The data reveals that across the state three homes are broken into every hour, every day, and that an average of one in 91 homes is burgled each year. However, households in Braybrook are more than twice as likely to be broken into compared with the state average, with one in 39 homes burgled over the 12 months to 30 June 2019.
The risk of burglary is highest in country Victoria, with regional areas making up eight of the state’s 10 riskiest postcodes. The 3956 postcode, covering Dumbalk, Venus Bay, Meeniyan, Tarwin Lower and surrounding communities, has the state’s highest burglary risk of one in 33 homes, followed by postcode 3840 which includes Morwell and Hazelwood with a 1-in-33 risk.
The police data, compiled by the Crime Statistics Agency, shows residential burglaries across the state dropped 12.6 per cent in 2018-19. The average burglary rate fell from one in 76 homes to one in 91 homes.
But despite the decline, an RACV survey of more than 800 householders across metro and regional Victoria found that 25 per cent of respondents feel their local area is less safe than it was five years ago.
RACV general manager business solutions, Raymond Orre, says Victorians’ perceptions of crime are symptomatic of wider concerns in their community but believes there are ways Victorians can feel safer at home and in their neighbourhoods.
“Until crime rates are at zero, there is still reason for concern and more importantly, action,” he says.
The risk of burglary is highest in country Victoria, with regional areas making up eight of the state’s 10 riskiest postcodes.
He says RACV research found that one in five people surveyed have sophisticated home security solutions but rarely activate them or keep them in working order. Regular checks and system tests are a simple way to maintain peace of mind in the home.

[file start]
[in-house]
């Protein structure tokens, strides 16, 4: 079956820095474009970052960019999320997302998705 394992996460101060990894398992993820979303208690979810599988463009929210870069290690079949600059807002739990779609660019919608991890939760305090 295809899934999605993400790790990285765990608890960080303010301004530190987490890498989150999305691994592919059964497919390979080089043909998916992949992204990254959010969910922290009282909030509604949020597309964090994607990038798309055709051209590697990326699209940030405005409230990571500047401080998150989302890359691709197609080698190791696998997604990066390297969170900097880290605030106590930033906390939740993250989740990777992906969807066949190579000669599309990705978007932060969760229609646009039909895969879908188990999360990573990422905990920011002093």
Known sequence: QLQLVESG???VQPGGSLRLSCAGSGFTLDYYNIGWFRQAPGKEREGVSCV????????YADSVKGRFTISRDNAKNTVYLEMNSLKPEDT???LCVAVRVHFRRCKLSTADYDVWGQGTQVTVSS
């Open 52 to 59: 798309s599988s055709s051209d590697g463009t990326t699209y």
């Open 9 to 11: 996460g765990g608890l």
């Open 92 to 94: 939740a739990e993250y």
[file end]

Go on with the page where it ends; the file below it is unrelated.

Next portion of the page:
“Positively, one in five people already believe that their neighbours look out for them, and in turn, they look out for their neighbours,” he says.
“Notifying your neighbours when you’re out of the home and asking them to check your mail or put out your bins can be a helpful deterrent for criminals and helps to foster a stronger sense of community.”
About one in five of those surveyed had experienced a burglary and said it made them feel scared, annoyed or vulnerable.
Most respondents believe burglars are deterred by evidence of a home being occupied, including not having an overflowing letterbox, as well as security measures such as security systems, security doors, sensor lights and dogs.
The Crime Statistics Agency data for the 2018 calendar year found the most likely time for burglaries is on a Friday during the day. More than 17 per cent of burgled houses were broken into on a Friday, about 15 per cent on Saturdays, 14 per cent on Thursdays and 13.5 per cent on Sundays.
About a third of burglaries happened between noon and 6pm, while 14 per cent happened between midnight and 6am.
Almost one in five thieves broke in by forcing a door, while almost 14 per cent got in through an unlocked door.
The top items stolen include jewellery, electrical appliances, cash and documents. While the theft of smartphones remained stable over the past 10 years, the theft of keys had increased.